The project leader of a recently launched online directory to help UK expatriate residents over 55 was on the Costa del Sol this week to see the impact it is having on local community life.
Dr Kelly Hall, of the University of Birmingham School of Social Policy and who instigated the new Support in Spain website in partnership with the British Consulate in Malaga, was meeting with local charities that have been using it to help their work, including Age Concern, Red Cross, AVISA interpreters in the Axarquía and local Alzheimer's groups.
Dr Hall explained, "The Support in Spain website launched last autumn as a directory of organisations helping British residents over 55 and other people who may be in a vulnerable situation. We wanted to put all information in one place, including both Spanish-run and expat-run services, helping people find support since often different organisations don't know the others exist. We've had 8,000 visitors to the site so far who are searching for everything from information on residency and getting disabled parking badges to the addresses of their local town halls, charities or health centres."
"One positive result of the Support in Spain website is that groups with similar interests and activities are finding out about each other for the first time," added Dr Hall. This is the case of groups supporting Alzheimer's and dementia sufferers. This week she was able to witness first-hand how established Alzheimer charity, AFA Benalmádena & Torremolinos was able to open its doors to a group of expatriate residents who are establishing their own Alzheimer's support group on the Costa for English-speaking sufferers and their families called Alzheimer's & Dementia Support International (ADSI). Both groups got in touch with each other through the Support in Spain website initiative.
Visiting AFA at its Arroyo de la Miel day centre along with Dr Kelly Hall on Wednesday were Jacqueline Claxton-Smith and Rebecca Flowerdew of newly born ADSI, which aims to help families with Alzheimer's sufferers in the area between Sotogrande and Marbella.
Both Jacqueline and Rebecca explained that they were encouraged to launch their support group for English-speaking residents after their personal experiences with their own family members who lived in Spain.
"Unless you have been through it, it's hard to explain what it is like looking after an elderly relative with Alzheimer's. You lose your day-to-day life," Rebecca explained. "There is very limited social care available in the Spanish system so we really want to provide a help group, and eventually a respite centre, for other English-speakers who are going through what our families did." So far ADSI has been organising regular coffee mornings and is about to become a registered charity.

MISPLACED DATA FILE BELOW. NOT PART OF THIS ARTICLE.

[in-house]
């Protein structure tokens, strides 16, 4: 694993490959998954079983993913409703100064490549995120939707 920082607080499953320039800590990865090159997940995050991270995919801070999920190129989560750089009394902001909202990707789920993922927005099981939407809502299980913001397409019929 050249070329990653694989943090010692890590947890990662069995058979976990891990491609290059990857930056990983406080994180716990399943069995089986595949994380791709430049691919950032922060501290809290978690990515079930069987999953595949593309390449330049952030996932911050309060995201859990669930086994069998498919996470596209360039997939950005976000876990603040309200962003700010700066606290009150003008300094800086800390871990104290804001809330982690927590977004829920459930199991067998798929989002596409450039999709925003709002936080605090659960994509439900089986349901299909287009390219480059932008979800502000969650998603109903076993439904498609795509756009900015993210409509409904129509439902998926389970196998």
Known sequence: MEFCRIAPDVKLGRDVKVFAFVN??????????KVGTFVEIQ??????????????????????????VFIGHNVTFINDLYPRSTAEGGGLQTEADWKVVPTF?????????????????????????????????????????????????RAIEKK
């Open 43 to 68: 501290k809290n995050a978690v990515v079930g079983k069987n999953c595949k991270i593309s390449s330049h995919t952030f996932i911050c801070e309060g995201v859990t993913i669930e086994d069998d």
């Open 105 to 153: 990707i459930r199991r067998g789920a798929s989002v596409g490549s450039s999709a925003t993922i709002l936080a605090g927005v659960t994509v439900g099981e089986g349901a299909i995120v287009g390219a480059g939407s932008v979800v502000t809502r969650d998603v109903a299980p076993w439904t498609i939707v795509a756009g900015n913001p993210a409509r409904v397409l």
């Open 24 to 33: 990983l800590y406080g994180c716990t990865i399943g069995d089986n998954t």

A motivating visit
Both Jacqueline and Rebecca agreed that the visit to AFA in Benalmádena was inspiring, seeing the work of the established day centre in action. "It's motivating to see that the people who founded AFA were also driven by their family experiences like we were at ADSI," said Jacqueline.
AFA Benalmádena, part of the AFA network of Alzheimer's help centres in Spain, of which there are 16 in Malaga province, has been providing support to local families for over 20 years.
Discussing how this AFA centre operates, clinical psychologist Lucía Yeves Leal explained that English-speaking patients and their families are welcome to take advantage of the facilities and experience. "We often have users who are originally from other countries and who are suffering from Alzheimer's, whether they attend the day centre or just pop in to chat for a few hours. We speak English and it is very emotional to see the relief on a family member's or carer's face when they realise that there is someone here at AFA whom they can share experiences with."
Now the AFA Benalmádena team has an ambitious new goal of their own after two decades which is to build on a fresh site in Arroyo de la Miel that will allow patients to stay overnight and so give respite relief to family carers.
President of the centre, Mari Cruz Azuaga, said, "The two-million-euro project already has most funding promised from the local authorities but we are relying on fundraising to make up the difference before construction can start." A campaign has been launched called 'Construye Memoria', (build memory, hashtag #ConstruyeMemoriaAFAB), and there will be a fundraising singing competition in La Paloma park, Arroyo, on 7 July.
Reflecting on the meeting between AFA Benalmádena and ADSI, Kelly Hall of Support in Spain said, "This is a perfect example of how established Spanish charities and new English-speaking groups can share experiences to improve the lives of vulnerable local residents. We're pleased the new Support in Spain website was able to bring them together."